Pressure Treated Wood Termites: How Termites Bypass This Wood In 2024

Some people believe that controlling termites is a 1-day process, but it will shock you to know that pressure treated wood termites will still bypass the chemicals and infest your structure.

It is quite amazing how this happens, but in the end, this shows that hiring the services of pest control experts to combat your termite problems is quite inevitable.

Will termites eat pressure treated wood, or is there something else they do to bypass this wood treatment? Let us now find out!

 

What is a Pressure Treated Wood?

Pressure-treated wood refers to wood that has been infused with chemicals that are meant to preserve the wood and keep it in good shape and condition for a very long time.

This process is usually done during the manufacturing process of the wood and is an important step to keep the wood from fungi attack or rot.

Termites are mostly attracted to rotting wood, and with this preservative, your wood should be resistant to them.

In various regions of the United States, where termite attacks are more frequent, the use of pressure treated woods for construction is quite inevitable.

 

Read also: Termites In The Walls: The 5 Signs To Look Out For In 2024

 

How To Make Pressure Treated Wood Termites Resistant

Can termites eat pressure treated wood? No, termites cannot eat pressure-treated wood, and this is what makes them highly recommendable.

How are these woods made? Below is the process:

  1. The wood is placed in a pressure chamber. With the pressure coming in stronger, all the air in the wood is being removed. Removing the air allows the chemicals to be better absorbed by the wood.
  2. While the air is being removed, chemicals are being infused into the wood.

With the chemicals infused, the wood is able to withstand fungi and rot; hence, it is able to resist pressure treated wood termites.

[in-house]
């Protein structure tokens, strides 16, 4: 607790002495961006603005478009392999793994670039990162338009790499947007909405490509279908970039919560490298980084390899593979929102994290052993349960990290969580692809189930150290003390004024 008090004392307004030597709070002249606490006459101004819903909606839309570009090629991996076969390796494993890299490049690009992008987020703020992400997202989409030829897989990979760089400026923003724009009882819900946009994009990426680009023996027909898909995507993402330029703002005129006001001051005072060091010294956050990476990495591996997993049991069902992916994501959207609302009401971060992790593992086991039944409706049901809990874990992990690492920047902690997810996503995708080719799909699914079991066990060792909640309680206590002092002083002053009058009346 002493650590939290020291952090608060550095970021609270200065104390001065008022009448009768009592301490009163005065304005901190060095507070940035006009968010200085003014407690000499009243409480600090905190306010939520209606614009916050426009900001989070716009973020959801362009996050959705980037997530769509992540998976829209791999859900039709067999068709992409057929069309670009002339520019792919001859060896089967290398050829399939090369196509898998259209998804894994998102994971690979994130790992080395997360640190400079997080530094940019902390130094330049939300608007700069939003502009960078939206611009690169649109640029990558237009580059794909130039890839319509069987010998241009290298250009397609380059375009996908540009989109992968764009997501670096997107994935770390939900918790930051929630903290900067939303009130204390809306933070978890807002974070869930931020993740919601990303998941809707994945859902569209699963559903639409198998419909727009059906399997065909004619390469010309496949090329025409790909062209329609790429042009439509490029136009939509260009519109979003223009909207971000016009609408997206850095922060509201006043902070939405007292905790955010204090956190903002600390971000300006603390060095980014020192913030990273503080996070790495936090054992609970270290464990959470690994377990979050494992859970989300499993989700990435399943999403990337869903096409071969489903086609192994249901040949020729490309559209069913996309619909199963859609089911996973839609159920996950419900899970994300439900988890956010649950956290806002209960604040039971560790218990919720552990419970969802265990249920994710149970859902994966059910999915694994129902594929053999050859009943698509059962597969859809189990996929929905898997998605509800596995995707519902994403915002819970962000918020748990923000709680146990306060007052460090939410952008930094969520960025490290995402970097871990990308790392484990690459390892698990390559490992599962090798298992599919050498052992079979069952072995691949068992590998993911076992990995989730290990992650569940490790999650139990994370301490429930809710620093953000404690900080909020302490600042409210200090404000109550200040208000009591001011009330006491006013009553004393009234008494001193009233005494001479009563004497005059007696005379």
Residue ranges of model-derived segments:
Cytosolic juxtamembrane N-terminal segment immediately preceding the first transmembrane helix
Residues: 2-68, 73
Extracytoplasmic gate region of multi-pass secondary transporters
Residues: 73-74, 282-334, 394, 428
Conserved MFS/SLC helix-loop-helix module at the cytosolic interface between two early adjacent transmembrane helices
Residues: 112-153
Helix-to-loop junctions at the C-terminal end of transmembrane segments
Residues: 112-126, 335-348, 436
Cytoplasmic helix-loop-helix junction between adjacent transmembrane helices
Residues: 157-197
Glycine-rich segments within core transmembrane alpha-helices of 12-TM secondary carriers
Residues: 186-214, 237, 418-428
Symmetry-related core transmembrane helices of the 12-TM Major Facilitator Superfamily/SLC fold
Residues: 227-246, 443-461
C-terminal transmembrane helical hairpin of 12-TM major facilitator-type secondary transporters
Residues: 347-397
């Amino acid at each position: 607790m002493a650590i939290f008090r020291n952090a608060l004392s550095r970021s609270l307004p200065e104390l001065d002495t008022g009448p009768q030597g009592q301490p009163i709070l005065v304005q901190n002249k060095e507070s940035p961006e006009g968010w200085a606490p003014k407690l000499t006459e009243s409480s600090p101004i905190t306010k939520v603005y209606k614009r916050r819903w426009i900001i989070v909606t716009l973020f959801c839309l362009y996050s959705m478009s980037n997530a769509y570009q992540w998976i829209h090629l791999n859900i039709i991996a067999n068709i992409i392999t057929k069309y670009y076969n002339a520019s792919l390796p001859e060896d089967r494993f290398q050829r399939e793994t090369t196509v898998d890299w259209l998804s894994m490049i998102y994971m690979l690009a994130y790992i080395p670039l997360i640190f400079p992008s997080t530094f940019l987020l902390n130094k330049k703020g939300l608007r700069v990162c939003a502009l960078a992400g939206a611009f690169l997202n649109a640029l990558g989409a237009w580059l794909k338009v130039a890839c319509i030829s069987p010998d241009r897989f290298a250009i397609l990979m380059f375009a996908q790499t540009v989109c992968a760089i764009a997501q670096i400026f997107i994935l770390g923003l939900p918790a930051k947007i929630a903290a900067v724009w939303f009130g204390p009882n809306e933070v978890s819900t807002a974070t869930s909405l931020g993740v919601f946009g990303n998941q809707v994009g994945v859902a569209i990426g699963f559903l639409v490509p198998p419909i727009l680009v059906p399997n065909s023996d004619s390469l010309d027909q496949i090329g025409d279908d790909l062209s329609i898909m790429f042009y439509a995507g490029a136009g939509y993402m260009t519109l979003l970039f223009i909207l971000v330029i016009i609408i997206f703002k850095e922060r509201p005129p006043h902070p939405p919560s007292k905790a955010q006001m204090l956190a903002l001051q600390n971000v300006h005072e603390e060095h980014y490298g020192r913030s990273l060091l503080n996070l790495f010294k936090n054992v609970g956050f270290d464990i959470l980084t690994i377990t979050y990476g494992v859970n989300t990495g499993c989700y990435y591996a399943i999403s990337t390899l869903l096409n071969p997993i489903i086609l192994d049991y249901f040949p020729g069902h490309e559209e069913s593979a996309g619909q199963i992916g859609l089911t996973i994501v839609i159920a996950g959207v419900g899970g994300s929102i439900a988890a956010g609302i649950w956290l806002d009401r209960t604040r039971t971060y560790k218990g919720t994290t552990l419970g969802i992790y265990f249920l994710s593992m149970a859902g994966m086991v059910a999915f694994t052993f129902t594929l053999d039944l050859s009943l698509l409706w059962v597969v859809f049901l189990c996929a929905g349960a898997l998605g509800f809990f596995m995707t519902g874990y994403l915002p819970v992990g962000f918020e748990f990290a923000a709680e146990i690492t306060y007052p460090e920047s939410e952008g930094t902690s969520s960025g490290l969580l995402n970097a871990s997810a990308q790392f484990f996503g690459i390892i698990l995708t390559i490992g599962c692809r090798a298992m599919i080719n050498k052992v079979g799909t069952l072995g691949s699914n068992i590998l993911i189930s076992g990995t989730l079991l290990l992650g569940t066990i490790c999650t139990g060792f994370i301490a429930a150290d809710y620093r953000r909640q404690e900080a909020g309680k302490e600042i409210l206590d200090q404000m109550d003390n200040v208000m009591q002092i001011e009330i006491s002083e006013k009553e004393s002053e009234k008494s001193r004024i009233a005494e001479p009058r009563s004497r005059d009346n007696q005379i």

Chemical PreservativesWOOD (Inside Pressure Chamber) ⇒ Air

Pressure Being Applied Δ

The illustration above should explain the process better.

 

What are the Chemicals that Make Pressure Treated Wood Termites Resistant?

Before knowing the chemicals that make pressure treated wood termites resistant, you must be aware of the 2 factors that determine the chemicals to be used. They are:

  • The chemical preservative used.
  • The time the wood was pressure-treated.

Now that we know these factors, we will go over the chemicals that are being used to preserve the wood.

  • Chromated Copper Arsenate (CCA):

This was the first chemical that was being used for wood pressure treatments and was the combination of bacteriocide (a substance that kills bacteria) and chromium (a chemical element; it has the symbol Cr and atomic number 24).

This preservative combined copper as the fungicide and arsenic (a naturally occurring, semimetallic element widely distributed in the Earth’s crust) as the insecticide.

Although this product was effective, it was banned in 2003 by the Environmental Protection Agency (EPA), of course, for contributing to environmental hazards.

  • Alkaline Copper Quat (ACQ):
Pressure Treated Wood Termites
The Alkaline Copper Quat Solution Perimeters

This product came into the limelight after the ban of the CCA. Companies employed this new chemical, which was a combination of copper oxide and quaternary ammonia (a group of chemicals used for a variety of purposes, including as preservatives, surfactants, etc.)

 

Read also: Termites In Idaho: The 2 Termite Species & 1 Visitor

 

What are the Disadvantages of Pressure Treated Wood?

Do termites eat pressure-treated wood? No, in fact, termites try their best to avoid these woods. However, your structure is still susceptible to infestation by pressure treated wood termites, and below is why:

  • Chemicals are Prone to Leach:

Using pressure-treated wood for construction can be effective but may not last for long as the chemical preservative in the wood may begin to leach within 12 years of use.

With leaching occurring, the wood then becomes vulnerable to the pressure treated wood termites.

  • Moisture is Still an Enemy:
Pressure Treated Wood Termites
Moisture Can Cause Leaching, and the Termites Can Now Have Access To the Wood

We mentioned earlier that pressure-treated wood termites are mostly attracted to wood that has been made rotten by moisture or fungi.